Navigating the Digital Workplace: The Impact of Social Media Use on Thriving and Job Performance with a Focus on Self-Regulation
The purpose of this study is to examine the relationship between social media use, thriving, and job performance given self-regulation as a moderating factor. The increasing social media use by employees in the workplace provides both opportunities and challenges, which may cause its impact on performance outcomes to be highly variable. Moreover, the relationship between social media use and performance outcomes is complex, suggesting that there may be contextual variables influencing the significance of this relationship. Data for this study were collected from 274 academics at Delta State University, Delta State, Nigeria, and subjected to the partial least square [PLS] analytical protocol for structural equation modeling. The PLS results demonstrated that social media use and thriving have a positive and significant link that can be explained partly by the mediational pathway of thriving. Second, self-regulation interaction with social media use triggers thriving, which can be viewed as a significant antecedent of job performance. The study recommended that managers should encourage the regulated use of social media to ensure it stays effective for the realisation of desirable work benefits. This calls for the training of staff to enable them to address conceptions and misconceptions of social media use and develop competencies and strategies for the regulated and productive use of social media applications.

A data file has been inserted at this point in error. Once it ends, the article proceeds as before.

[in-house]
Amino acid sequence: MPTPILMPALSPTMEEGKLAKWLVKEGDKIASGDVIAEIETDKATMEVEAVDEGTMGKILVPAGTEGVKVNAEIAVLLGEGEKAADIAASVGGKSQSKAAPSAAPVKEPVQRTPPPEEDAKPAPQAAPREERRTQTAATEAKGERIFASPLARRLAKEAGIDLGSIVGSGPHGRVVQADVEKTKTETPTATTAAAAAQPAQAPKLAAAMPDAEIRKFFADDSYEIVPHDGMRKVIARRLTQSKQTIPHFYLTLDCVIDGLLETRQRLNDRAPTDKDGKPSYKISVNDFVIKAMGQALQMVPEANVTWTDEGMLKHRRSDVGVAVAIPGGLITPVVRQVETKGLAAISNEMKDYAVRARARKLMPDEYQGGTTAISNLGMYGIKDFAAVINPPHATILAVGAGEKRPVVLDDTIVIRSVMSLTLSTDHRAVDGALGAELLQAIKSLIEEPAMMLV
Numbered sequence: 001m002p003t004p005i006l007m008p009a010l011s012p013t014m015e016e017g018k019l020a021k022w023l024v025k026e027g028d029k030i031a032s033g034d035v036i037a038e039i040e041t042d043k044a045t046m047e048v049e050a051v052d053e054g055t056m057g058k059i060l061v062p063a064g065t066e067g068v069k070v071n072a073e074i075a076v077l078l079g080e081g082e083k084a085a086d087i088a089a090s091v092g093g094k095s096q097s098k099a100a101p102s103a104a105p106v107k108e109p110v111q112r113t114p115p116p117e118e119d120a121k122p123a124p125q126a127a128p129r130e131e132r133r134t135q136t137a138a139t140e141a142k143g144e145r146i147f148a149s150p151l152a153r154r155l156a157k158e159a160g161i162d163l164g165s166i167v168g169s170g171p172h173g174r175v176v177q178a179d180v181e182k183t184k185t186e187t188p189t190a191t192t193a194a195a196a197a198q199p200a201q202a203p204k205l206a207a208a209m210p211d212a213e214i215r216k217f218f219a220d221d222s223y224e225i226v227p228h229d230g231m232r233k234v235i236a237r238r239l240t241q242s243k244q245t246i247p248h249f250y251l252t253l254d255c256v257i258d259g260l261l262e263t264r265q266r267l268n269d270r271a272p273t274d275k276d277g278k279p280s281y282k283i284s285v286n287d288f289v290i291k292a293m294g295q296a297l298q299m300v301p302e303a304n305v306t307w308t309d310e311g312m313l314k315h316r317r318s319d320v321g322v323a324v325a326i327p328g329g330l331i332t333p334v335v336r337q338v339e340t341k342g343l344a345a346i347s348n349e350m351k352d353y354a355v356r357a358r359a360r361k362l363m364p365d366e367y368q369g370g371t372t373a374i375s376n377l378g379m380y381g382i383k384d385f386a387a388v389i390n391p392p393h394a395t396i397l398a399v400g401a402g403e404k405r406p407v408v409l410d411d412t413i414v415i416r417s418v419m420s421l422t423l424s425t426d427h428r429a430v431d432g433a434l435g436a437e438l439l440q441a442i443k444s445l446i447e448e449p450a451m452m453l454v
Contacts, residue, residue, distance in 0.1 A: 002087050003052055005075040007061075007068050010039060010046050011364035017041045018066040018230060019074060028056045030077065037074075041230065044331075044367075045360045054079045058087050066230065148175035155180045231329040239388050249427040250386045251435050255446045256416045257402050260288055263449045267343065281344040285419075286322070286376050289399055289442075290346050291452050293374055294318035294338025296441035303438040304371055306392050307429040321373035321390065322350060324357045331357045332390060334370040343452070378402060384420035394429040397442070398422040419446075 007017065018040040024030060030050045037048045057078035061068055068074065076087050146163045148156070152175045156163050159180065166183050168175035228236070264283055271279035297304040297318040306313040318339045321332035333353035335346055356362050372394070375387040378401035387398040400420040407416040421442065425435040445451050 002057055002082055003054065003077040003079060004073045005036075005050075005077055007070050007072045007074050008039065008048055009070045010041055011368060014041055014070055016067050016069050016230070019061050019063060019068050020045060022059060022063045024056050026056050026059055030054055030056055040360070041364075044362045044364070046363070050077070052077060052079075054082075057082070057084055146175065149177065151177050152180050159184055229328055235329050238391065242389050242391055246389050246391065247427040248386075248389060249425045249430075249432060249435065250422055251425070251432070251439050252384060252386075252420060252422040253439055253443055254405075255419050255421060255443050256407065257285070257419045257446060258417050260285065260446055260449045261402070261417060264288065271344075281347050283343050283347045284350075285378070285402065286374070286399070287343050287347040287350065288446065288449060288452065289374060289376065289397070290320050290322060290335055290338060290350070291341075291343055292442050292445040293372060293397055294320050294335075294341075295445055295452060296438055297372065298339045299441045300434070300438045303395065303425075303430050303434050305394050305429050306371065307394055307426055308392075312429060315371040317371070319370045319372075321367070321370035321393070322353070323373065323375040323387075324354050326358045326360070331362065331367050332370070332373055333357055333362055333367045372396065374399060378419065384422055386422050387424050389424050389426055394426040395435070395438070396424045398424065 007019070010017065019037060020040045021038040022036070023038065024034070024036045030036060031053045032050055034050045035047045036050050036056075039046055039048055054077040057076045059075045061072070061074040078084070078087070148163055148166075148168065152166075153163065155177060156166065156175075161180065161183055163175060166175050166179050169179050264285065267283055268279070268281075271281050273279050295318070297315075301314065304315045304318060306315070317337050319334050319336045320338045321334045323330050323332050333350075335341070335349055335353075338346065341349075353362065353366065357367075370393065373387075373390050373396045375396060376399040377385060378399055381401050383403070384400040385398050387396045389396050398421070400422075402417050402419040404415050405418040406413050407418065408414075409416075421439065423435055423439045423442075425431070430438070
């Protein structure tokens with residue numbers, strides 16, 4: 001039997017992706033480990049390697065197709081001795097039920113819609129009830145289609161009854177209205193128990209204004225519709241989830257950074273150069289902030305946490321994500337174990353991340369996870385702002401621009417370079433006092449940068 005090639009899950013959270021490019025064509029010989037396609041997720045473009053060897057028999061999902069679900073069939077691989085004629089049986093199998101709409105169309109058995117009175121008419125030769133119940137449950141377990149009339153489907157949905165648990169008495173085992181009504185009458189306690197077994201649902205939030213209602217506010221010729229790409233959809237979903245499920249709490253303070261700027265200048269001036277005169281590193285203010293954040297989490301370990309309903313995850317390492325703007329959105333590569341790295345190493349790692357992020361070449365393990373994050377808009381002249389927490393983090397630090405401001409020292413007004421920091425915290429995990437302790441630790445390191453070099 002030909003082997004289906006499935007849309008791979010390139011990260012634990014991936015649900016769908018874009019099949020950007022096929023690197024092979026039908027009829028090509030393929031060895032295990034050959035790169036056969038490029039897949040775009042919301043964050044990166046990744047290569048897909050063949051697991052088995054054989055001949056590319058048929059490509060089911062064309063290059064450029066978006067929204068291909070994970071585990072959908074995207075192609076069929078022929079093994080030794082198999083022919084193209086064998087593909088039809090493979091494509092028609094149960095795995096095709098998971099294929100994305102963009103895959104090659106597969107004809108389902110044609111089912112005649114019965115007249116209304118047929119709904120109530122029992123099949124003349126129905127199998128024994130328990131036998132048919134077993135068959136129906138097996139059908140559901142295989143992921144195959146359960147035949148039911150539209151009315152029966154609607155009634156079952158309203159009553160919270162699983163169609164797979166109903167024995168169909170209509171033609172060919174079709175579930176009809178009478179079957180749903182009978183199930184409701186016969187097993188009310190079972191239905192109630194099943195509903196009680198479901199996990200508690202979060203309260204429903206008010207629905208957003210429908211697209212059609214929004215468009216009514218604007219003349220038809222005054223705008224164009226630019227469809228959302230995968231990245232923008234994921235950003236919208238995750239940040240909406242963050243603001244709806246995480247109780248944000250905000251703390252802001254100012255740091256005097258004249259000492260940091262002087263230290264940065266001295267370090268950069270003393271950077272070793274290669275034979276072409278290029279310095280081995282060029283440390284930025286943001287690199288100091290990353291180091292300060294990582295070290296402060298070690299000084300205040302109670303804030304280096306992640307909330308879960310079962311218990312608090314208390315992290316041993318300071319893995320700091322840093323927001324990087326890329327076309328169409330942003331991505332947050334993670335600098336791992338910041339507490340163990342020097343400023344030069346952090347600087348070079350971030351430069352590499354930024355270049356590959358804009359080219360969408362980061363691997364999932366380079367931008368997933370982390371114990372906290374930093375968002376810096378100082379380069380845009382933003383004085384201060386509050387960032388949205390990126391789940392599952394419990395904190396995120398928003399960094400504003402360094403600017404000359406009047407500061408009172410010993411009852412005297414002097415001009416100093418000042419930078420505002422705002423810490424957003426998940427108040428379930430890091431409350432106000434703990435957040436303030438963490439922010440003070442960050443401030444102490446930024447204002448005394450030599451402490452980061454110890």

Keywords: Learning, Job Performance, Self-Regulation, Social Media, Thriving, Vitality